An investigation by the British Medical Journal has concluded that Janssen, the pharmaceutical arm of Johnson and Johnson, had concerns about an allegedly faulty device in a regulatory trial.

The BMJ also suggests that the drug manufacturer did not share data about the blood testing device with the Food and Drug Administration (FDA) before the clinical trial approval process.

Drug trial lawyer Gene Matthews stated that this incident “emphasised the need for drug manufacturers to be completely transparent about any potential health risks that clinical trial participants may face”.

The device that caused problems in the clinical trial was the blood testing INRatio device, which was used in the phase III trial (ROCKET AF) of the anticoagulant rivaroxaban.

Soon after the trial a safety programme (the Covance recheck programme) was set up because of concerns about the accuracy and reliability of the device that was being used to monitor patients receiving warfarin. The BMJ say that Janssen failed to share this data with the safety monitoring board of the trial.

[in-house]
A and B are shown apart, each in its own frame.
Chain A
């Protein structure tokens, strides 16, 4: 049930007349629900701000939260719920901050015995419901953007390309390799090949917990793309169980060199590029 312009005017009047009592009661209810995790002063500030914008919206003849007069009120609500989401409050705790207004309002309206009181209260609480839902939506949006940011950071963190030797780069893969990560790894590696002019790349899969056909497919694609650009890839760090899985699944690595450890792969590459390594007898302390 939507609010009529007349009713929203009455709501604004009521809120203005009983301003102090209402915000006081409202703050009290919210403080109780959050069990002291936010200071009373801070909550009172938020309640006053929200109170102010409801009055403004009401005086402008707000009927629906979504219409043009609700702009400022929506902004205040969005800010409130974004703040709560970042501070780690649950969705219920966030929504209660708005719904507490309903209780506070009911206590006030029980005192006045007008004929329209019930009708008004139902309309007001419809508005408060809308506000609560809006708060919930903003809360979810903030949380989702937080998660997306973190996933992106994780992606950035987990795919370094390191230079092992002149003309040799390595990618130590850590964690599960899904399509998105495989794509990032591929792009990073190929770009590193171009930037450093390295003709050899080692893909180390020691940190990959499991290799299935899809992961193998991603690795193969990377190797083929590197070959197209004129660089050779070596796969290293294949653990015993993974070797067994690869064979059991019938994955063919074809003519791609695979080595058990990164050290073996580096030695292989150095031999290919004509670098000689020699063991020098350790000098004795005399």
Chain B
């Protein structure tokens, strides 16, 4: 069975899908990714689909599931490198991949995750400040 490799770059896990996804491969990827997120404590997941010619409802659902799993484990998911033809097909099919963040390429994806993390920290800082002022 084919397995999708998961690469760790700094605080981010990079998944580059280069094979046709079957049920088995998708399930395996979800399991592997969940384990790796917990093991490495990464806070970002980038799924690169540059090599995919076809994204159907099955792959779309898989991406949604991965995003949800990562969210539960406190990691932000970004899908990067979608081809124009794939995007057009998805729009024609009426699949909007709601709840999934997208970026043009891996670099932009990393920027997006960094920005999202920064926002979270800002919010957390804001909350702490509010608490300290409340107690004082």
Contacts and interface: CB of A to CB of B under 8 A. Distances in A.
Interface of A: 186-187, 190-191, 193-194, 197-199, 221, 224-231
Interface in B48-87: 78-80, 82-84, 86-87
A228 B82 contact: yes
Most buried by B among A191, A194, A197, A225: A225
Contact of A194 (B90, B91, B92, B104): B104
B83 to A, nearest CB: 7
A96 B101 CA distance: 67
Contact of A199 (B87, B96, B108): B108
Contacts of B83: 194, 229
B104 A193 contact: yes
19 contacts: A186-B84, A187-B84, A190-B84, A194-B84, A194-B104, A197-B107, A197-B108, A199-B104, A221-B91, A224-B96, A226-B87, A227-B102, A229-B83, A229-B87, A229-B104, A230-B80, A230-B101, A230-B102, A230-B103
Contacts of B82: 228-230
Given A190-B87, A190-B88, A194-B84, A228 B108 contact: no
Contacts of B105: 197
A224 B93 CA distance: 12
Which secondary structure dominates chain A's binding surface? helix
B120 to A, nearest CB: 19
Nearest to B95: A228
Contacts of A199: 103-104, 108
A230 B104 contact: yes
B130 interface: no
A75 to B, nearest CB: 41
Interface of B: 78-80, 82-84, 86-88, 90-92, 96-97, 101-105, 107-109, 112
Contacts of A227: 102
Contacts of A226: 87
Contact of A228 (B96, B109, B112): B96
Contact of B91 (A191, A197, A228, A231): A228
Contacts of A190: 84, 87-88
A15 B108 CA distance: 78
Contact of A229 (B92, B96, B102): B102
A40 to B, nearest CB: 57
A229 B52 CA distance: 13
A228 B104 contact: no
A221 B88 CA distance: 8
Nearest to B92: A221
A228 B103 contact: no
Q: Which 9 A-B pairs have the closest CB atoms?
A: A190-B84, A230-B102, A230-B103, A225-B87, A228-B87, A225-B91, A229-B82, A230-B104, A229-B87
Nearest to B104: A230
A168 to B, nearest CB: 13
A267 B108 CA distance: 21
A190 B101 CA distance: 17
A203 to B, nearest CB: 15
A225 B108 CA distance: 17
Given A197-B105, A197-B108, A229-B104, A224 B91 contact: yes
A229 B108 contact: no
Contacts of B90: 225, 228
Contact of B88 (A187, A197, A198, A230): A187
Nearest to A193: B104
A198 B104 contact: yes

Rivaroxaban (Xarelto) is marketed outside the US by Bayer who, the BMJ say, were also aware of concerns about the device.

The trial results were published in the New England Journal of Medicine in 2011 and concluded that rivaroxaban was “similar to warfarin in its ability to prevent” ischaemic stroke or systemic embolism in people with non-valvular atrial fibrillation.

The device under scrutiny, INRation, was recalled by the FDA in December 2014 because INR results it generated could be “clinically significantly lower” than those found by a laboratory method.

The BMJ investigation reveals that Janssen and Bayer did not tell regulatory authorities that the device used in the trial had been recalled, potentially compromising the safety of participants.

Gene Matthews of the product liability team at Leigh Day added:

“Any potential problems with equipment or devices used during clinical trials should immediately be reported to the appropriate regulatory authorities.

“Clinical trials are closely regulated for a reason – to protect the safety of participants. If the devices being used in this trial were producing incorrect data this could have compromised the safety of participants.”